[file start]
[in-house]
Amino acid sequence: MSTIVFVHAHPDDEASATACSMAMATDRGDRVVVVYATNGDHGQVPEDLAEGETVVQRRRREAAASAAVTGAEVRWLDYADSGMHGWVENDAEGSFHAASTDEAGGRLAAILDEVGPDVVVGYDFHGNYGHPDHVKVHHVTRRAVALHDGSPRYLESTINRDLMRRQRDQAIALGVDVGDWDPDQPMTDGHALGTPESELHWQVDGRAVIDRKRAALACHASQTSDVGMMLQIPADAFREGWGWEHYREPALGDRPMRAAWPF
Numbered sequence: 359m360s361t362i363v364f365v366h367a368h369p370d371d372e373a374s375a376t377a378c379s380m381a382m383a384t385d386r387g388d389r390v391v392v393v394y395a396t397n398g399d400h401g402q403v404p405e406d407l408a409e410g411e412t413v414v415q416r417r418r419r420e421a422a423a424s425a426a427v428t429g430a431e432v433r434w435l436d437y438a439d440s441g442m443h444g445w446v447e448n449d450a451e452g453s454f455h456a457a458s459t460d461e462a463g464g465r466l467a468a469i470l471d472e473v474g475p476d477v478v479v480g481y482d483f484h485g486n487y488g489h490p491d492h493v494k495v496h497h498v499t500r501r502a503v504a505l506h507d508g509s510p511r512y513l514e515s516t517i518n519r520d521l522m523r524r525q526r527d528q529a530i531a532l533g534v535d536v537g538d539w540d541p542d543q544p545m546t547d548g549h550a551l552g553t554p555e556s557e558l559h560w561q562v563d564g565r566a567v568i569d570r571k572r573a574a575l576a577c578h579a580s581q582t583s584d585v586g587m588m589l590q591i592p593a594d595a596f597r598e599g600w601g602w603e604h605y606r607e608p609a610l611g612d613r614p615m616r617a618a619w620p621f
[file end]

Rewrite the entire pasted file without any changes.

[in-house]
Amino acid sequence: MSTIVFVHAHPDDEASATACSMAMATDRGDRVVVVYATNGDHGQVPEDLAEGETVVQRRRREAAASAAVTGAEVRWLDYADSGMHGWVENDAEGSFHAASTDEAGGRLAAILDEVGPDVVVGYDFHGNYGHPDHVKVHHVTRRAVALHDGSPRYLESTINRDLMRRQRDQAIALGVDVGDWDPDQPMTDGHALGTPESELHWQVDGRAVIDRKRAALACHASQTSDVGMMLQIPADAFREGWGWEHYREPALGDRPMRAAWPF
Numbered sequence: 359m360s361t362i363v364f365v366h367a368h369p370d371d372e373a374s375a376t377a378c379s380m381a382m383a384t385d386r387g388d389r390v391v392v393v394y395a396t397n398g399d400h401g402q403v404p405e406d407l408a409e410g411e412t413v414v415q416r417r418r419r420e421a422a423a424s425a426a427v428t429g430a431e432v433r434w435l436d437y438a439d440s441g442m443h444g445w446v447e448n449d450a451e452g453s454f455h456a457a458s459t460d461e462a463g464g465r466l467a468a469i470l471d472e473v474g475p476d477v478v479v480g481y482d483f484h485g486n487y488g489h490p491d492h493v494k495v496h497h498v499t500r501r502a503v504a505l506h507d508g509s510p511r512y513l514e515s516t517i518n519r520d521l522m523r524r525q526r527d528q529a530i531a532l533g534v535d536v537g538d539w540d541p542d543q544p545m546t547d548g549h550a551l552g553t554p555e556s557e558l559h560w561q562v563d564g565r566a567v568i569d570r571k572r573a574a575l576a577c578h579a580s581q582t583s584d585v586g587m588m589l590q591i592p593a594d595a596f597r598e599g600w601g602w603e604h605y606r607e608p609a610l611g612d613r614p615m616r617a618a619w620p621f